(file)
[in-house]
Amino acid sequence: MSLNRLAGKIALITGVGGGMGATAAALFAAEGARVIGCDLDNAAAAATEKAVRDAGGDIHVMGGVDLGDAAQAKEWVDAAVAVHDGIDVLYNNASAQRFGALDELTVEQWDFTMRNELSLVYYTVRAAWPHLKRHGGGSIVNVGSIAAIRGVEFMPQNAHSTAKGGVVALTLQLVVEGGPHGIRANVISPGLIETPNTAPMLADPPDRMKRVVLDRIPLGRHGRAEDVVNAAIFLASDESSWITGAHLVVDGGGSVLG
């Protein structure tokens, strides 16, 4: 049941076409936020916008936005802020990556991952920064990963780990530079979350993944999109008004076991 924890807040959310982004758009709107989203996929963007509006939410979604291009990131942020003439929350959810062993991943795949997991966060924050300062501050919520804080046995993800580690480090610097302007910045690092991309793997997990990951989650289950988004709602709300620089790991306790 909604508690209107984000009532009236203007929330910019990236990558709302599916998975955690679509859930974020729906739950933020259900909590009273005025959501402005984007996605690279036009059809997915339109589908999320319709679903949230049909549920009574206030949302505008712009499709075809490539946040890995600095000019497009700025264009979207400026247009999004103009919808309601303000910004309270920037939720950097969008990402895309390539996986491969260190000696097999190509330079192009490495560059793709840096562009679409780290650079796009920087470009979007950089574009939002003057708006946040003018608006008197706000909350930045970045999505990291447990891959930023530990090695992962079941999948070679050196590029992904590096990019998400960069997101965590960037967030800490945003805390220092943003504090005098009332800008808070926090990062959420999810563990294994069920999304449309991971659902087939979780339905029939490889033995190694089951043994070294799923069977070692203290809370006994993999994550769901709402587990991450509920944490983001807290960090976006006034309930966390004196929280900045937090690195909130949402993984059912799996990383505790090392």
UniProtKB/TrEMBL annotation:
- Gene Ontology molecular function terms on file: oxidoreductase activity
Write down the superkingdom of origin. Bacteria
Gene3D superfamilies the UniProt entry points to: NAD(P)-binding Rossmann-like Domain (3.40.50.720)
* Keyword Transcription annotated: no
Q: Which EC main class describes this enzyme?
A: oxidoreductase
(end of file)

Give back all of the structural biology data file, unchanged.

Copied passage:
[in-house]
Amino acid sequence: MSLNRLAGKIALITGVGGGMGATAAALFAAEGARVIGCDLDNAAAAATEKAVRDAGGDIHVMGGVDLGDAAQAKEWVDAAVAVHDGIDVLYNNASAQRFGALDELTVEQWDFTMRNELSLVYYTVRAAWPHLKRHGGGSIVNVGSIAAIRGVEFMPQNAHSTAKGGVVALTLQLVVEGGPHGIRANVISPGLIETPNTAPMLADPPDRMKRVVLDRIPLGRHGRAEDVVNAAIFLASDESSWITGAHLVVDGGGSVLG
């Protein structure tokens, strides 16, 4: 049941076409936020916008936005802020990556991952920064990963780990530079979350993944999109008004076991 924890807040959310982004758009709107989203996929963007509006939410979604291009990131942020003439929350959810062993991943795949997991966060924050300062501050919520804080046995993800580690480090610097302007910045690092991309793997997990990951989650289950988004709602709300620089790991306790 909604508690209107984000009532009236203007929330910019990236990558709302599916998975955690679509859930974020729906739950933020259900909590009273005025959501402005984007996605690279036009059809997915339109589908999320319709679903949230049909549920009574206030949302505008712009499709075809490539946040890995600095000019497009700025264009979207400026247009999004103009919808309601303000910004309270920037939720950097969008990402895309390539996986491969260190000696097999190509330079192009490495560059793709840096562009679409780290650079796009920087470009979007950089574009939002003057708006946040003018608006008197706000909350930045970045999505990291447990891959930023530990090695992962079941999948070679050196590029992904590096990019998400960069997101965590960037967030800490945003805390220092943003504090005098009332800008808070926090990062959420999810563990294994069920999304449309991971659902087939979780339905029939490889033995190694089951043994070294799923069977070692203290809370006994993999994550769901709402587990991450509920944490983001807290960090976006006034309930966390004196929280900045937090690195909130949402993984059912799996990383505790090392």
UniProtKB/TrEMBL annotation:
- Gene Ontology molecular function terms on file: oxidoreductase activity
Write down the superkingdom of origin. Bacteria
Gene3D superfamilies the UniProt entry points to: NAD(P)-binding Rossmann-like Domain (3.40.50.720)
* Keyword Transcription annotated: no
Q: Which EC main class describes this enzyme?
A: oxidoreductase